Moses is not mentioned in the Hagaddah (with one minor exception), presumably to show that the exodus happened entirely by G-d's power and to not deify Moses.

Presumably, though, the maggid during the original second seder (a year after the Exodus) mentioned Moses since they knew him and since most stories involve human actors (e.g., Shemot through Beshalach).

I understand there was no fixed Hagaddah until the Middle Ages, but I assume the text evolved over time, and that the traditions of the Hagaddah are older than the text.

So the question comes down to - how old is the tradition to exclude Moses from the Passover maggid? Does it date back to the Talmudic era? King David's time? The midbar?

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    Technically, he is mentioned in the first elaboration of the plagues (paragraph starting Rabbi Yosi Hagelili). (Yes, I know the Rambam didn't have those paragraphs in his Haggadah...)
    – Double AA
    Commented Mar 22, 2013 at 6:19
  • Why the downvote? Commented Mar 22, 2013 at 16:11
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    -1 "When did Moses get dropped from Hagaddahs? By whom?" How do you expect an answer to this when the entire basis for your question is the unsupported assumption that "the maggid during most families' second seder (a year after the event) mentioned Moses"? (BTW, I just downvoted now; I wasn't the earlier downvoter).
    – Fred
    Commented Mar 22, 2013 at 18:33
  • @Fred although it's unsupported, it's logical for a retelling of the Exodus (by the people who were there and had just left) mentioned Moses since, well, they knew him! If the answer is "Moses has been excluded from the Passover story since it was ever told," and there are sources that support that (maybe a midrash?) then I'd be happy with that as an answer. My assumption is that most stories told involve human actors (e.g., Shemot through Beshalach). Commented Mar 22, 2013 at 20:54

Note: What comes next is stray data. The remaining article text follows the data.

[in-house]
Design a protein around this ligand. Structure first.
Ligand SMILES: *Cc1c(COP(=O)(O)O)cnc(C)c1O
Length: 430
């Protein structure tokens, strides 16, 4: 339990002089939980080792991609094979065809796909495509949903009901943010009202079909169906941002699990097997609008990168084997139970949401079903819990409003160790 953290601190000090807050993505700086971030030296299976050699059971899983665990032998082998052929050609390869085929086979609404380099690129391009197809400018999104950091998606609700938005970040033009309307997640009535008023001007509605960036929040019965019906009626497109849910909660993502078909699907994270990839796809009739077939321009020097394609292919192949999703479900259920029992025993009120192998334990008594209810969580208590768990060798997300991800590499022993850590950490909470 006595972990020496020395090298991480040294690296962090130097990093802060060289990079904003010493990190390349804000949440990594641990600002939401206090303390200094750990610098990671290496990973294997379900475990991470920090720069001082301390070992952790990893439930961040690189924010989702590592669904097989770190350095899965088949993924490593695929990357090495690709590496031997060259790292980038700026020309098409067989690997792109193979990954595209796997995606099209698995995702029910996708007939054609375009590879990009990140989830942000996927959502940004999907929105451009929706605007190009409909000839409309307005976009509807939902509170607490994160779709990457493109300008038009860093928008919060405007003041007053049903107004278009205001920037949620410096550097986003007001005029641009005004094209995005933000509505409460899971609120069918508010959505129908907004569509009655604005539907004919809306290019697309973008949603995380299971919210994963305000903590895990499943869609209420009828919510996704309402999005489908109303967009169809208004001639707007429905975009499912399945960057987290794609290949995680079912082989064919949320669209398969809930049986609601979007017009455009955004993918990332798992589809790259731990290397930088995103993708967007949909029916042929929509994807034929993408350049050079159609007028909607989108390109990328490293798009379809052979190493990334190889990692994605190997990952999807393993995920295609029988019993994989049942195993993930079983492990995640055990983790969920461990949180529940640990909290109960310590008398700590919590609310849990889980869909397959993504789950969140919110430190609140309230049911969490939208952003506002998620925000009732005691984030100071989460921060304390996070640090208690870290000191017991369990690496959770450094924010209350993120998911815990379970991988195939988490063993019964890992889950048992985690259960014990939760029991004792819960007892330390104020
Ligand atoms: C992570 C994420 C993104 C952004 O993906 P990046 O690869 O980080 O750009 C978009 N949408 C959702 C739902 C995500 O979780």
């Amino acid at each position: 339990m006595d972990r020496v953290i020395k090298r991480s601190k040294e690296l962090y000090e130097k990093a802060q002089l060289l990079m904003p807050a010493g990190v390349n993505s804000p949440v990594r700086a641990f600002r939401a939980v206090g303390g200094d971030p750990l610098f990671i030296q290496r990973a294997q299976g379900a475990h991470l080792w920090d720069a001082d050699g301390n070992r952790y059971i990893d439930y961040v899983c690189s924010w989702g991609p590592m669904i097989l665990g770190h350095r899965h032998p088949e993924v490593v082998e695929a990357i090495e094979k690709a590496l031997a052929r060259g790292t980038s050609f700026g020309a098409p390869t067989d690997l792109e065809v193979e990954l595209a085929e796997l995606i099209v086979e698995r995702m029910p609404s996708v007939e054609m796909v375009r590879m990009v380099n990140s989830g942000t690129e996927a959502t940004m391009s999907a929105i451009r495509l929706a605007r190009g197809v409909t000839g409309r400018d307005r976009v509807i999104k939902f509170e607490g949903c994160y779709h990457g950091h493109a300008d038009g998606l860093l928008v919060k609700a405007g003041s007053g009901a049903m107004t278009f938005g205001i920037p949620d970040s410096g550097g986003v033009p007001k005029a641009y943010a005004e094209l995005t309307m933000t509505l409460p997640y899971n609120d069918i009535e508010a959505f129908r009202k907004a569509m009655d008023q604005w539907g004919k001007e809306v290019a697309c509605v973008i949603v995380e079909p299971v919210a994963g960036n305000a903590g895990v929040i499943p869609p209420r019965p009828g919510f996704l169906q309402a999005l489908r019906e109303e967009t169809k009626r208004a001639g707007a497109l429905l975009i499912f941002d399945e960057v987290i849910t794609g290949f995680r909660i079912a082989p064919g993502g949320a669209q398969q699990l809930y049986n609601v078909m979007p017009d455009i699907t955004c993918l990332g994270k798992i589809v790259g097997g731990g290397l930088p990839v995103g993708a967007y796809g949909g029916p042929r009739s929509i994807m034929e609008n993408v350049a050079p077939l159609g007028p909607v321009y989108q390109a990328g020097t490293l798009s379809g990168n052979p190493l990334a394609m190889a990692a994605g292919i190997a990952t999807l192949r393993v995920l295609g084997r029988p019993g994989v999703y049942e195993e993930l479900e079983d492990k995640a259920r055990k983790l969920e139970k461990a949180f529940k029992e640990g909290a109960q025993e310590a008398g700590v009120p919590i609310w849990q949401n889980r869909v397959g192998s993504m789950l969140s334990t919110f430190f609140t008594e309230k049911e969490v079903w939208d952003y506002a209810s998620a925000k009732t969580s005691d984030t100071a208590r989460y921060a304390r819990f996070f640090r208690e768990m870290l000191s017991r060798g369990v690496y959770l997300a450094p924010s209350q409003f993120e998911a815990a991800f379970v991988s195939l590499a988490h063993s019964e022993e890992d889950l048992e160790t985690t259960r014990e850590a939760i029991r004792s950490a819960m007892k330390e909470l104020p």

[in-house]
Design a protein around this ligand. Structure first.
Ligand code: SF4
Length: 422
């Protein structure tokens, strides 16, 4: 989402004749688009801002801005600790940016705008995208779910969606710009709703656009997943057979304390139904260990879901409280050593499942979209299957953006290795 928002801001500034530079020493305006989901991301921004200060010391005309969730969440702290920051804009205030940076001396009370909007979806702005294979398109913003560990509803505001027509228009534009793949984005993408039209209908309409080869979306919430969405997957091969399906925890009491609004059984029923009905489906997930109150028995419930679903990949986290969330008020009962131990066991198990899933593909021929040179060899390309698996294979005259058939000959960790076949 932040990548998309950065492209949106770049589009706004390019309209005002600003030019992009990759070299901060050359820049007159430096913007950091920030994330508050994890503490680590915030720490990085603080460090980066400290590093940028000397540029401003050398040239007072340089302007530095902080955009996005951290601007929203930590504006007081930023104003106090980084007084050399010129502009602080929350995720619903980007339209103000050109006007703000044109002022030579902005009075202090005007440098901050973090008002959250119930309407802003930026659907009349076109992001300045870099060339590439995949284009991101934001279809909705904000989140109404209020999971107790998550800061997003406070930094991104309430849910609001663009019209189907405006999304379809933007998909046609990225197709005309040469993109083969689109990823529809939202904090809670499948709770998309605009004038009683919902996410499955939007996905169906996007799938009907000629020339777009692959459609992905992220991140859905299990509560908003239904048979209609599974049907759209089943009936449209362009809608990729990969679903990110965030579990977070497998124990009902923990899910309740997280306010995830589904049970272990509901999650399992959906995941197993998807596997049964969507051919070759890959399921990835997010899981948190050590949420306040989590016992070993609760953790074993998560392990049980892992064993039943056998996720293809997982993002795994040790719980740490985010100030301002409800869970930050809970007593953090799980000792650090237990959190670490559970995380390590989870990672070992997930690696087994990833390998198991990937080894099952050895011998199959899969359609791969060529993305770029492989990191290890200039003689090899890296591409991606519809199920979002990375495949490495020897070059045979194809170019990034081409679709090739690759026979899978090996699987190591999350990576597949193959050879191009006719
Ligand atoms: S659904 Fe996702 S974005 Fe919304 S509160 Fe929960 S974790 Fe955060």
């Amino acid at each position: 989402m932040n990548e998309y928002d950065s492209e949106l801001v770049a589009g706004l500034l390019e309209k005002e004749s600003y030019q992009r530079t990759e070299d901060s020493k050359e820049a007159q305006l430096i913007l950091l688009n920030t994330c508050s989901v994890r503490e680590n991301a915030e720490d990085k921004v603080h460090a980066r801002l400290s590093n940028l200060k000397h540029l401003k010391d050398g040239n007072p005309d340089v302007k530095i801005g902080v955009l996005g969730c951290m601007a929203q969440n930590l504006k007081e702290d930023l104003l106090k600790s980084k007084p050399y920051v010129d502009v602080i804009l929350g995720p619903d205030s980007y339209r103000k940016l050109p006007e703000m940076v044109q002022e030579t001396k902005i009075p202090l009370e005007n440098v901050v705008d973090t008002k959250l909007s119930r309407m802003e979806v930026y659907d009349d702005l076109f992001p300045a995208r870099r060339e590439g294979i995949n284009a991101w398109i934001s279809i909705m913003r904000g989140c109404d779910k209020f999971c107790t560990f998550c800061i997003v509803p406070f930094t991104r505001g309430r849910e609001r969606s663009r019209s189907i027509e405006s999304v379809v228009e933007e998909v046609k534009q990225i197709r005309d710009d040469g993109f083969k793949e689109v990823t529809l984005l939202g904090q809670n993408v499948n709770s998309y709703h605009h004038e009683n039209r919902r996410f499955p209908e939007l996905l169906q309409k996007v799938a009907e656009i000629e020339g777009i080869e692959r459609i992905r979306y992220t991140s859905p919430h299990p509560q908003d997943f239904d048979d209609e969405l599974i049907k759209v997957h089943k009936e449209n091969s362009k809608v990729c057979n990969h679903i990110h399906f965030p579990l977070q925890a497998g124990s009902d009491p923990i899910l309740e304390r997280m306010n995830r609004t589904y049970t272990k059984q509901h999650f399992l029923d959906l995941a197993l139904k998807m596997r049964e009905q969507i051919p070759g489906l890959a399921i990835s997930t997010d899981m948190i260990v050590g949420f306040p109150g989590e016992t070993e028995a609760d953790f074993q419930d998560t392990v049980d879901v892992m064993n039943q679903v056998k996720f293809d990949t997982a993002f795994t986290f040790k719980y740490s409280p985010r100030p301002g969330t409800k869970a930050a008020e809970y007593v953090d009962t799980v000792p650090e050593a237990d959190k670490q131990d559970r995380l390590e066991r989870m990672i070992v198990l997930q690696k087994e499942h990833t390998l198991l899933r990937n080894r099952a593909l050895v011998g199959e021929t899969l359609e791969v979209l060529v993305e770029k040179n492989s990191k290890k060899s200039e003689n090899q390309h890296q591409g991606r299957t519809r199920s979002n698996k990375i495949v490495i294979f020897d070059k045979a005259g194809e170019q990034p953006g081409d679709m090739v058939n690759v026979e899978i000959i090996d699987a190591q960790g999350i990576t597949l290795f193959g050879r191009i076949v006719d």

• @Fred ...Maybe the question is invalid because the first hagaddah per se excluded Moses, but I'm still interested if there was a tradition to exclude Moses in the Tamludic period or before. Commented Mar 22, 2013 at 20:55

2 Answers 2


I recently saw a suggestion (via Aish HaTorah but, as I recall, with no source cited) that the first Pesach (in the desert, in Beha'alotcha) featured only two kids above the age of one who had not been witnesses to all that happened: Moshe's own two children, who were returned to him just before Matan Torah. As such, the only one who could 'really' perform v'higadeta l'vincha to an uninformed audience was Moshe Rabbenu himself. As the most humble man on earth, it is not surprising that he'd leave himself out of the picture. Only Hashem acted. We emulate that pattern in our haggadot.


Considering that both the current Sephardi and Ashkenazi rites came from the Siddur Rav Amram Gaon a copy of his siddur with Haggada was printed in 1921. According to various sources Jewish Viritual Library Jewish Agency There was no codified nusach before then. So that would make Rav Amram Gaon and his Hagadah written around 858CE.

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    but was there a custom before then to omit Moshe before or was it his innovation? Commented Mar 22, 2013 at 15:35
  • There was no formalized Siddur(or Haggadah) before then other than the discussions in the Talmud. Which was the reason he wrote the siddur in the first place. So I would have to say the entire Haggada as we now have it was his innovation(aside from later aditions). Commented Mar 23, 2013 at 16:48

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